This paper examines the characteristics of spatial attention orienting in situations of visual impairment. Two groups of subjects, respectively schizophrenic and blind, with different degrees of visual spatial information impairment, were tested. In Experiment 1, the schizophrenic subjects were instructed to detect an auditory target, which was preceded by a visual cue. The cue could appear in the same location as the target, separated from it respectively by the vertical visual meridian (VM), the vertical head-centered meridian (HCM) or another meridian. Similarly to normal subjects tested with the same paradigm (Ferlazzo, Couyoumdjian, Padovani, and Olivetti Belardinelli, 2002), schizophrenic subjects showed slower reactions times (RTs) when cued, and when the target locations were on the opposite sides of the HCM. This HCM effect strengthens the assumption that different auditory and visual spatial maps underlie the representation of attention orienting mechanisms. In Experiment 2, blind subjects were asked to detect an auditory target, which had been preceded by an auditory cue, while staring at an imaginary point. The point was located either to the left or to the right, in order to control for ocular movements and maintain the dissociation between the HCM and the VM. Differences between crossing and no-crossing conditions of HCM were not found. Therefore it is possible to consider the HCM effect as a consequence of the interaction between visual and auditory modalities. Related theoretical issues are also discussed.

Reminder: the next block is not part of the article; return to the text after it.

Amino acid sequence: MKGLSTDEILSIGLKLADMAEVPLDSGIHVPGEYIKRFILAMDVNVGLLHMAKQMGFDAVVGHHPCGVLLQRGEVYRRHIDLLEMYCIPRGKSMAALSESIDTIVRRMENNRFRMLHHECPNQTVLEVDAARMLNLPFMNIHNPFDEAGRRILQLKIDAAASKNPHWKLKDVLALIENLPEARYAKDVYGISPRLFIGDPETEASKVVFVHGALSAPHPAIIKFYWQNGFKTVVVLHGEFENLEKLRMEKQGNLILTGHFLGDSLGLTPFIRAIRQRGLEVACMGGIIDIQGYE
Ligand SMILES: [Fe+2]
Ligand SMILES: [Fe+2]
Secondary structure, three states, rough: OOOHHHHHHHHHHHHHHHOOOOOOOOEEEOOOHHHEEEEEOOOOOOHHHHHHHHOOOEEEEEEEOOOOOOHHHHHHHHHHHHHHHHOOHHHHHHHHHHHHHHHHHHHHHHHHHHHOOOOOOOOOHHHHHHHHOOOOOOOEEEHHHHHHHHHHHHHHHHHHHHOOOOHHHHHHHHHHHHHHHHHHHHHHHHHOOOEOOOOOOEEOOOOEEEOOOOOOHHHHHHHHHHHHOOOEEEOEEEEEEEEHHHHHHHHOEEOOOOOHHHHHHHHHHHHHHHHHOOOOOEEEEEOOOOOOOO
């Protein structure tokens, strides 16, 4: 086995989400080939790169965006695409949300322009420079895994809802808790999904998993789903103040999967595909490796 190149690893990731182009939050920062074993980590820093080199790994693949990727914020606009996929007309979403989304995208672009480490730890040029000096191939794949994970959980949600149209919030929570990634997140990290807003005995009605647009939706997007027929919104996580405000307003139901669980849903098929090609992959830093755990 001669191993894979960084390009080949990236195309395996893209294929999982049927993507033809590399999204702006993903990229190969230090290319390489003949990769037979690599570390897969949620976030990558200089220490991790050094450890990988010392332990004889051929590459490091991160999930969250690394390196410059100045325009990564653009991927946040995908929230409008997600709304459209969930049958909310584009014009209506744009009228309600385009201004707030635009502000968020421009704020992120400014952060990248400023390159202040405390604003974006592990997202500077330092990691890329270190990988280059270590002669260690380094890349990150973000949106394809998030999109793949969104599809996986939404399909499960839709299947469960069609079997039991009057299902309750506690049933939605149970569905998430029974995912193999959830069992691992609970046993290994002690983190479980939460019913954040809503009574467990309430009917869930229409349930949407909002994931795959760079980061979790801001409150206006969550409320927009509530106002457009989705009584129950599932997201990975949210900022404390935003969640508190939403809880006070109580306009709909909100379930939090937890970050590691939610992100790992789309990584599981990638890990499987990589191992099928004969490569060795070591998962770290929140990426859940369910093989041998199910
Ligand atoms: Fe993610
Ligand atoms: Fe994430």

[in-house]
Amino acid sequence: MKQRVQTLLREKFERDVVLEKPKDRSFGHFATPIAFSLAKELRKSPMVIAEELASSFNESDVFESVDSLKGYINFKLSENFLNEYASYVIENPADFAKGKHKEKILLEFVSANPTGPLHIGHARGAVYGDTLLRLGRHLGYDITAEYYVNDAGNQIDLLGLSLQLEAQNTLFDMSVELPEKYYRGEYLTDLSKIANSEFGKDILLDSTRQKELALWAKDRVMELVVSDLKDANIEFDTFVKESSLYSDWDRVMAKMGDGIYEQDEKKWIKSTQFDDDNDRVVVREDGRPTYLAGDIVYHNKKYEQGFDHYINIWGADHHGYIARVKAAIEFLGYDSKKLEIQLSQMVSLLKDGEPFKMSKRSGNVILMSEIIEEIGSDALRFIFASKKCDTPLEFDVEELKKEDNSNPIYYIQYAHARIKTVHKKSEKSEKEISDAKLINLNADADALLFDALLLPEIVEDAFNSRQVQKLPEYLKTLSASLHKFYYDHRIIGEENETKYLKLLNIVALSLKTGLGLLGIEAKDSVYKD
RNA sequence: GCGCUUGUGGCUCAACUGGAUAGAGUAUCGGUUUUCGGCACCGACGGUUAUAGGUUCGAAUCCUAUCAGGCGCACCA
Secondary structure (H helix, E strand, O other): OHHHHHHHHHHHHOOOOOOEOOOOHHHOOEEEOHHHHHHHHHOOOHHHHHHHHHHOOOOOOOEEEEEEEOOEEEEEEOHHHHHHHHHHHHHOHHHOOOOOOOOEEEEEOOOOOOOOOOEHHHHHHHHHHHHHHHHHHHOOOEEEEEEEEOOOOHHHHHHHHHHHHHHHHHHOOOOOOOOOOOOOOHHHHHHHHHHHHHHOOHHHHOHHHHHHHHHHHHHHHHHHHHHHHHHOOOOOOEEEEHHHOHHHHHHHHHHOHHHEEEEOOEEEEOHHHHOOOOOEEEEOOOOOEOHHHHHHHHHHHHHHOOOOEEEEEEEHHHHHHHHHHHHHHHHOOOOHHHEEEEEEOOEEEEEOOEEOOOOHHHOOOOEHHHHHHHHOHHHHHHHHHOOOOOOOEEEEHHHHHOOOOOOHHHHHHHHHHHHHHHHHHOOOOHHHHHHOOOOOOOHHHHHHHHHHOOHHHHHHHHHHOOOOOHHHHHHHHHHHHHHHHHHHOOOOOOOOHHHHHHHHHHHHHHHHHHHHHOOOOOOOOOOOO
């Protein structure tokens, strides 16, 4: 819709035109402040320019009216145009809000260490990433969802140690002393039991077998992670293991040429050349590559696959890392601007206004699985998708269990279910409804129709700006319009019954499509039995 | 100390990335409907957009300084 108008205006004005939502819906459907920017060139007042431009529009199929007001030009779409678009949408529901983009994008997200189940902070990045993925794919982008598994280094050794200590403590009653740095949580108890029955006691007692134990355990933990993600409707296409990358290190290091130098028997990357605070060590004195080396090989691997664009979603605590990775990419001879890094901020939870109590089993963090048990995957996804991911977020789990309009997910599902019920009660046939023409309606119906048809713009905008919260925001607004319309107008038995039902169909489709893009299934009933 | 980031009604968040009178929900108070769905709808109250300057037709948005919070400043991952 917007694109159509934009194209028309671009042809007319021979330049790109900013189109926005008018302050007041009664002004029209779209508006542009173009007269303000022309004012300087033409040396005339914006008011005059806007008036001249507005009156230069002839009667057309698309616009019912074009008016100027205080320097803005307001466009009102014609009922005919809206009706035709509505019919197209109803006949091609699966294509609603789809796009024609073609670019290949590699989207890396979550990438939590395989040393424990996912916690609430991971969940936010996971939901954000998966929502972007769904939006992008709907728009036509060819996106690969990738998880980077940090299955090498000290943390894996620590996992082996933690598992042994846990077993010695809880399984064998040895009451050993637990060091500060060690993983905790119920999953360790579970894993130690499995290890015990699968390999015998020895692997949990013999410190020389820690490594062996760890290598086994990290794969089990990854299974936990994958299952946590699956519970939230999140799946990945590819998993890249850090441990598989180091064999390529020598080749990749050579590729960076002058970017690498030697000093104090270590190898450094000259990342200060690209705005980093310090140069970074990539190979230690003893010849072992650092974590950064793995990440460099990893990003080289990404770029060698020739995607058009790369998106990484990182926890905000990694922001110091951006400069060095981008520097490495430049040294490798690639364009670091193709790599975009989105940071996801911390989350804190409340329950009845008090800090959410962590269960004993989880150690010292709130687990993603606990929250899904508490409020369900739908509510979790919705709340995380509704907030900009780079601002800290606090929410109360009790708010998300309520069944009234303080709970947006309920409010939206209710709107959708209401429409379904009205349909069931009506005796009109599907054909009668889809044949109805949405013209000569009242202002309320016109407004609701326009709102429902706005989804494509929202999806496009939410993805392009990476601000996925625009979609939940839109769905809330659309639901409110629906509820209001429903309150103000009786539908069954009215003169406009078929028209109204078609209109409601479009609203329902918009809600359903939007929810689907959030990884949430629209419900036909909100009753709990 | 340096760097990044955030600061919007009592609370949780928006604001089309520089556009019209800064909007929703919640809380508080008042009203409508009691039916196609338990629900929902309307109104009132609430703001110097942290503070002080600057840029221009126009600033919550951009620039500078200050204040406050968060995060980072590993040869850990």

- Auditory attention orienting
- Head-centered meridian effect
ASJC Scopus subject areas
- Health Professions(all)